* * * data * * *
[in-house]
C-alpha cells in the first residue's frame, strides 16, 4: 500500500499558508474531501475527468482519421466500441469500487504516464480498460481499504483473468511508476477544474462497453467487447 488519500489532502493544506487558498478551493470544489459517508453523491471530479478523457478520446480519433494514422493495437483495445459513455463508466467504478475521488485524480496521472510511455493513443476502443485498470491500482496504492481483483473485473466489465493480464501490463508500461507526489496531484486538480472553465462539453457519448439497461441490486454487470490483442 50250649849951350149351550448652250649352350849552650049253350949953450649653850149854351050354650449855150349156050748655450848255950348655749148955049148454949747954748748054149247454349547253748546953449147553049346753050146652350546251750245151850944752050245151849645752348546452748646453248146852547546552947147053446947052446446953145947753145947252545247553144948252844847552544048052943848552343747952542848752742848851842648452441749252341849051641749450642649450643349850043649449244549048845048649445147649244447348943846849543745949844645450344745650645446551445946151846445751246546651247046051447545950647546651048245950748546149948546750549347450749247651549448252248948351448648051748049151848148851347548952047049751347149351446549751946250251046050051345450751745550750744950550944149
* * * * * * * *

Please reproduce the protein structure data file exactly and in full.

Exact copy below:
[in-house]
C-alpha cells in the first residue's frame, strides 16, 4: 500500500499558508474531501475527468482519421466500441469500487504516464480498460481499504483473468511508476477544474462497453467487447 488519500489532502493544506487558498478551493470544489459517508453523491471530479478523457478520446480519433494514422493495437483495445459513455463508466467504478475521488485524480496521472510511455493513443476502443485498470491500482496504492481483483473485473466489465493480464501490463508500461507526489496531484486538480472553465462539453457519448439497461441490486454487470490483442 50250649849951350149351550448652250649352350849552650049253350949953450649653850149854351050354650449855150349156050748655450848255950348655749148955049148454949747954748748054149247454349547253748546953449147553049346753050146652350546251750245151850944752050245151849645752348546452748646453248146852547546552947147053446947052446446953145947753145947252545247553144948252844847552544048052943848552343747952542848752742848851842648452441749252341849051641749450642649450643349850043649449244549048845048649445147649244447348943846849543745949844645450344745650645446551445946151846445751246546651247046051447545950647546651048245950748546149948546750549347450749247651549448252248948351448648051748049151848148851347548952047049751347149351446549751946250251046050051345450751745550750744950550944149